Deficit panel's ideas to be resurrected in bipartisan Senate bill

Sens. Saxby ChamblissClarence (Saxby) Saxby ChamblissCIA's ‘surveillance state’ is operating against us all Juan Williams: GOP plays the bigotry card in midterms A hard look at America after 9/11 MORE (R-Ga.) and Mark WarnerMark Robert WarnerFacebook reeling after damning NYT report On The Money: Trump, Senate leaders to huddle on border wall funding | Fed bank regulator walks tightrope on Dodd-Frank | Koch-backed groups blast incentives for corporations after Amazon deal Schumer told Warner to back off of Facebook: report MORE (D-Va.) on Monday said they will introduce a bill early next year based on the report from President Obama’s deficit commission. 

Warner and Chambliss have been meeting with a group of 18 senators on finding a way to balance the budget, and said they have concluded the debt commission's proposal is the best basis for bipartisan talks.

The debt commission's report received bipartisan support from 11 of the panel's members, ranging from Sen. Tom CoburnThomas (Tom) Allen CoburnThe Hill's Morning Report — Presented by PhRMA — Worries grow about political violence as midterms approach President Trump’s war on federal waste American patients face too many hurdles in regard to health-care access MORE (R-Okla.) on the right to Sen. Dick DurbinRichard (Dick) Joseph DurbinSenators introduce Trump-backed criminal justice bill Grassley: McConnell owes me for judicial nominations Trump throws support behind criminal justice bill MORE (D-Ill.) on the left. The recommendations ultimately failed to advance to a vote in Congress because 14 votes were needed for formal commission backing. 

Despite the failed vote, Warner and Chambliss want to use the debt commission's work as a starting point for deficit talks in Congress. The senators said they expect their legislation to evolve as they seek supporters from both parties, but they said the final plan will reflect the commission’s goals of balancing the budget by 2035 by bringing spending down to 21 percent of gross domestic product.

“We are not going to fix it in the short term,” Chambliss said. “There is no silver bullet … you’ve got to put everything on the table.”

Chambliss and Warner also said they back the debt commission’s recommendation for gradual spending cuts in order to preserve the economic recovery. 

House Speaker-designate John BoehnerJohn Andrew BoehnerPelosi allies rage over tactics of opponents Meet the lawyer Democrats call when it's recount time McCarthy defeats Jordan for minority leader in 159-to-43 vote MORE (R-Ohio) is seeking to cut $100 billion in discretionary spending in 2011, which would be one of the largest single-year spending cuts in history.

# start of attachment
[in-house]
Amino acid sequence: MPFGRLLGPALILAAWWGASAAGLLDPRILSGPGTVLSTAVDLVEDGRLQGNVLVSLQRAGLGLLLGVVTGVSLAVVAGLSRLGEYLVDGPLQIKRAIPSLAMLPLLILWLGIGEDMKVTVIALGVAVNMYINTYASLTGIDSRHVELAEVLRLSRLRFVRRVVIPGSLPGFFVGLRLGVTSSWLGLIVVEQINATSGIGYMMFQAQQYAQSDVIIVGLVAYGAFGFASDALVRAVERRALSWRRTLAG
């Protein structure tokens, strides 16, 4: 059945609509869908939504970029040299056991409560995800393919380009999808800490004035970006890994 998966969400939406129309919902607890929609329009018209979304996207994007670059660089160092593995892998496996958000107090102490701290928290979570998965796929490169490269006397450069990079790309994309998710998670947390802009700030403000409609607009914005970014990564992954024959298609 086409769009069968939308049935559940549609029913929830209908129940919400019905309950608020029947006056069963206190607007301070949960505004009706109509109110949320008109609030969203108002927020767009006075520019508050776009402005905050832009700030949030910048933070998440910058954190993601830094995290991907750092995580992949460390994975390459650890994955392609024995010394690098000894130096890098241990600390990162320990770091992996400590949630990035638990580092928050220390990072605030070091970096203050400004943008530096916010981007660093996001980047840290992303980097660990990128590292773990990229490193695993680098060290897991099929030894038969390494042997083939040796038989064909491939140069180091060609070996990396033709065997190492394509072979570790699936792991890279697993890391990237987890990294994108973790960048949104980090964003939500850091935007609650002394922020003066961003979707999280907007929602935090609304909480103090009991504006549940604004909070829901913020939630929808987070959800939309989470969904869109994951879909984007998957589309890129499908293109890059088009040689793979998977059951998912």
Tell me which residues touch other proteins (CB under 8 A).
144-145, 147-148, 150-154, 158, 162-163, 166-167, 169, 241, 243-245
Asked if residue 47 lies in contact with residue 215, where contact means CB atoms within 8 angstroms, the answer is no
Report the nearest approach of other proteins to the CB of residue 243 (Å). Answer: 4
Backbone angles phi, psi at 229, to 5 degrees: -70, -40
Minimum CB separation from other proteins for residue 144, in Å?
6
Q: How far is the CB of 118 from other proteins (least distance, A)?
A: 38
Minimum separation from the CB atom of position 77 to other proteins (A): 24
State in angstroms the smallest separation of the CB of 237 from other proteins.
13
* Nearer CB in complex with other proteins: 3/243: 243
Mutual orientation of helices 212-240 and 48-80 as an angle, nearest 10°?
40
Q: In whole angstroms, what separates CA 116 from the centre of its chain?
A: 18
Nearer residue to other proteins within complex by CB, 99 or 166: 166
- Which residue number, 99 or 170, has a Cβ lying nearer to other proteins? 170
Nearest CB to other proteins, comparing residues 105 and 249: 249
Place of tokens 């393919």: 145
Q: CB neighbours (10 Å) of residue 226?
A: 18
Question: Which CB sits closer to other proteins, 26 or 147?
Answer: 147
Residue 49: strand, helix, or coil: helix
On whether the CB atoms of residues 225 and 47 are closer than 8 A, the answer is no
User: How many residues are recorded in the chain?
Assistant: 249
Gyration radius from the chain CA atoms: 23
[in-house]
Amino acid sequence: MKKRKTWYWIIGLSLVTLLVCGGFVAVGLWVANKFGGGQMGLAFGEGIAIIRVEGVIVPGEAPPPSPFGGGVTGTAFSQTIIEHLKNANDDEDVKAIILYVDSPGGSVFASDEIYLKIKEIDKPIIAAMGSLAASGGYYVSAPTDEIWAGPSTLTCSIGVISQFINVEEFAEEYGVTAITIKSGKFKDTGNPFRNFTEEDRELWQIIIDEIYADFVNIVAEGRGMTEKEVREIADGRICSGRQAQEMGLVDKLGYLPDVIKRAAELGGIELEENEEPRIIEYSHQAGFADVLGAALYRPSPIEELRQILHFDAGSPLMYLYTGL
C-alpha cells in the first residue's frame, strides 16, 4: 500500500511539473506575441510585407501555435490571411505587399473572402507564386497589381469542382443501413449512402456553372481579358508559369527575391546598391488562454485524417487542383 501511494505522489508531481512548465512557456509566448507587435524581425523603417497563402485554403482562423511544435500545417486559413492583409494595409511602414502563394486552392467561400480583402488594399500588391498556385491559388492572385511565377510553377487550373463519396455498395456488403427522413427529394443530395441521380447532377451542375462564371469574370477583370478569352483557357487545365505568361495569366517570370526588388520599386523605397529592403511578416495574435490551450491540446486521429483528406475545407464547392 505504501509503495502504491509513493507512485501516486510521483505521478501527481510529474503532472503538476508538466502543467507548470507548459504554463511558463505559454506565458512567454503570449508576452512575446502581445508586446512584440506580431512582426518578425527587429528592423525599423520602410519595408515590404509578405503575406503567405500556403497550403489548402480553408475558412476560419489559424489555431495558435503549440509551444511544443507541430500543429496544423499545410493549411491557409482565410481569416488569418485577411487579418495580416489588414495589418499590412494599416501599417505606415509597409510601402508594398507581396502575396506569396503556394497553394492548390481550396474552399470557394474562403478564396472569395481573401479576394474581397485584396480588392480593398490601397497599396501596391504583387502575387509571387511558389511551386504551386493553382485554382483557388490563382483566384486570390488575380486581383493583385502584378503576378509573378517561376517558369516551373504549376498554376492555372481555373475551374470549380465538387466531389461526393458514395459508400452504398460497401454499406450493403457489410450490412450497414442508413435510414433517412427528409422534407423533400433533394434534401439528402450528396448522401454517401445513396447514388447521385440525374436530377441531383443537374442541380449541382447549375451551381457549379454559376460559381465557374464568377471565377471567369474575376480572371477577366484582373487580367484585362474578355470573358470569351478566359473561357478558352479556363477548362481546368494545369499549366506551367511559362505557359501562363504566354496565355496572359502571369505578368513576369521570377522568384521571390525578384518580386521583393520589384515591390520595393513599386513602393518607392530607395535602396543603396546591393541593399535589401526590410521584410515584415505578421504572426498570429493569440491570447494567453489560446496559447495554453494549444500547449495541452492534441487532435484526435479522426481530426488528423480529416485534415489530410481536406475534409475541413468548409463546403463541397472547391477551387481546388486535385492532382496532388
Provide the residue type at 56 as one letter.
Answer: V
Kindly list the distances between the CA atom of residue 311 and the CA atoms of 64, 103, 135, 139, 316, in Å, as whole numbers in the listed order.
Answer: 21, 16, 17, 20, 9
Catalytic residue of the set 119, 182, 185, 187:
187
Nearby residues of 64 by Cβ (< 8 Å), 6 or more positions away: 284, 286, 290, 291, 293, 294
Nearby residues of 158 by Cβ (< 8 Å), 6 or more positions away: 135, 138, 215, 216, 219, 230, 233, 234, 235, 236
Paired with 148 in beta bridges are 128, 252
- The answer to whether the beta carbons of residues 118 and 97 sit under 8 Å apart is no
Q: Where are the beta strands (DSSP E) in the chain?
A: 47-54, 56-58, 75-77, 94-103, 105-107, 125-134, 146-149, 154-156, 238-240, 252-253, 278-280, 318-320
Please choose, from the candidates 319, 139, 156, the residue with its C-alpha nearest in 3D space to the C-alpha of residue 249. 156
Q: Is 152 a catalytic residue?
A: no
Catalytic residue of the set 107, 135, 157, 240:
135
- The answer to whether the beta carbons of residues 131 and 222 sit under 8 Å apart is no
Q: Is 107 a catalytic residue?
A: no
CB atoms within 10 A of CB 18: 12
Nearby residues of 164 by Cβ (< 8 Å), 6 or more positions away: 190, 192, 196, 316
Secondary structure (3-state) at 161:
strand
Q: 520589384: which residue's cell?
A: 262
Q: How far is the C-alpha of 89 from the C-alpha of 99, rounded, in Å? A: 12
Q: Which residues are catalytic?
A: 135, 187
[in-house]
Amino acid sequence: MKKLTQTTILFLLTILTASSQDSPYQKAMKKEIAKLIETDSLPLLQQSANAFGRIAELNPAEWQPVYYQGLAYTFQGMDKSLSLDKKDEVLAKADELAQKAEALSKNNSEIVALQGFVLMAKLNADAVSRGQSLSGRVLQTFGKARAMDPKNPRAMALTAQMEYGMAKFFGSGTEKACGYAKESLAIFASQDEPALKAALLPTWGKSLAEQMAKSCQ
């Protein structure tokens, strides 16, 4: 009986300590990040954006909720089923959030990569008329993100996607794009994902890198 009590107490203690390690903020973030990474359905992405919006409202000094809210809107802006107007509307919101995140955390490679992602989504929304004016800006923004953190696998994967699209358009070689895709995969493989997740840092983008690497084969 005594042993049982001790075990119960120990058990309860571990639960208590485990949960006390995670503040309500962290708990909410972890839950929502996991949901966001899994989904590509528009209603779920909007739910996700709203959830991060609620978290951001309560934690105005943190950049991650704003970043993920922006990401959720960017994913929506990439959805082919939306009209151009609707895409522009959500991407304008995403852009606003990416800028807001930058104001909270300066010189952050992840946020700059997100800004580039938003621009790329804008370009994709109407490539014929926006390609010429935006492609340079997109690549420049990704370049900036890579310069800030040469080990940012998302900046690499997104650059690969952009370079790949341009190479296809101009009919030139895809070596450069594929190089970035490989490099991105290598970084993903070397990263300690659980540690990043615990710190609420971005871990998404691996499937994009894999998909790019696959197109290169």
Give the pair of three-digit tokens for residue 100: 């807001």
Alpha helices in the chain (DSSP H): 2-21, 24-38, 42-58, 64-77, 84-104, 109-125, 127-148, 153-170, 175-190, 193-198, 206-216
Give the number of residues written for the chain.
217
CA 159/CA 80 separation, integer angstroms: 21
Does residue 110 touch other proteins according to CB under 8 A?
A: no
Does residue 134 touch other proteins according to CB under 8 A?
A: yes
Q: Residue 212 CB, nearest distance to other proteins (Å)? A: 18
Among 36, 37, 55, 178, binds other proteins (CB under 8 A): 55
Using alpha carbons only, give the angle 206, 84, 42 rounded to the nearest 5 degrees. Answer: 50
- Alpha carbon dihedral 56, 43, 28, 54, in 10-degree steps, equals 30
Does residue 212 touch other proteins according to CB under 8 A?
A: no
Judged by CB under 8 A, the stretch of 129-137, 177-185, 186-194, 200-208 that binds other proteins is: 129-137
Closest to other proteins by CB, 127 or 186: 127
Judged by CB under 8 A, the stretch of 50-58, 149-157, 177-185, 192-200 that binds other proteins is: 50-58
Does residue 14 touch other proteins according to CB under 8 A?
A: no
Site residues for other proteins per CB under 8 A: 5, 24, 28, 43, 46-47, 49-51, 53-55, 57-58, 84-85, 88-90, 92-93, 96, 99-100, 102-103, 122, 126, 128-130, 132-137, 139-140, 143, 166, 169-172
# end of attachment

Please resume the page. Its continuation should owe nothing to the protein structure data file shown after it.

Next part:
Warner said that it makes sense to take short-term actions to stimulate the economy, such as the tax-cut package that was negotiated by President Obama, even as lawmakers look for a long-term deficit strategy.

“We can walk and chew gum at the same time,” Warner said.

Chambliss said it will be important to agree on a deficit plan in the next 12 months so that implementation can begin shortly after the 2012 election. This would give lawmakers a buffer from the possible political fallout from approving spending cuts.

Both senators agree with the debt commission’s plan to eliminate tax breaks in order to lower tax rates. Chambliss in the past has backed the elimination of the income tax in favor of a national sales tax. He did not say whether he is insisting on that approach as part of the Chambliss-Warner bill.

Chambliss said the vote on the nation’s debt ceiling next spring provides an opportunity to advance deficit legislation. Warner said the debt ceiling or agreement on spending legislation, once the continuing resolution being voted on by the Senate on Tuesday expires, would be another opportunity. That CR would expire March 4.

Chambliss acknowledged that the bill will be an enormous piece of legislation, especially if it tackles entitlement reform. The commission's plan cut some benefits for Social Security and Medicare while increasing payroll taxes in order to make Social Security permanently solvent.

Maya MacGuineas of the New America Foundation, who has been working with the senators on the bill, said they plan to have it introduced in January. "This is the first time in so many years that there has been real leadership on this issue," she said in praise of the effort. MacGuineas said there in no way that President Obama's State of the Union address will fail to deal with the debt issue and the debt ceiling and CR extension provide excellent hooks to have a plan adopted.


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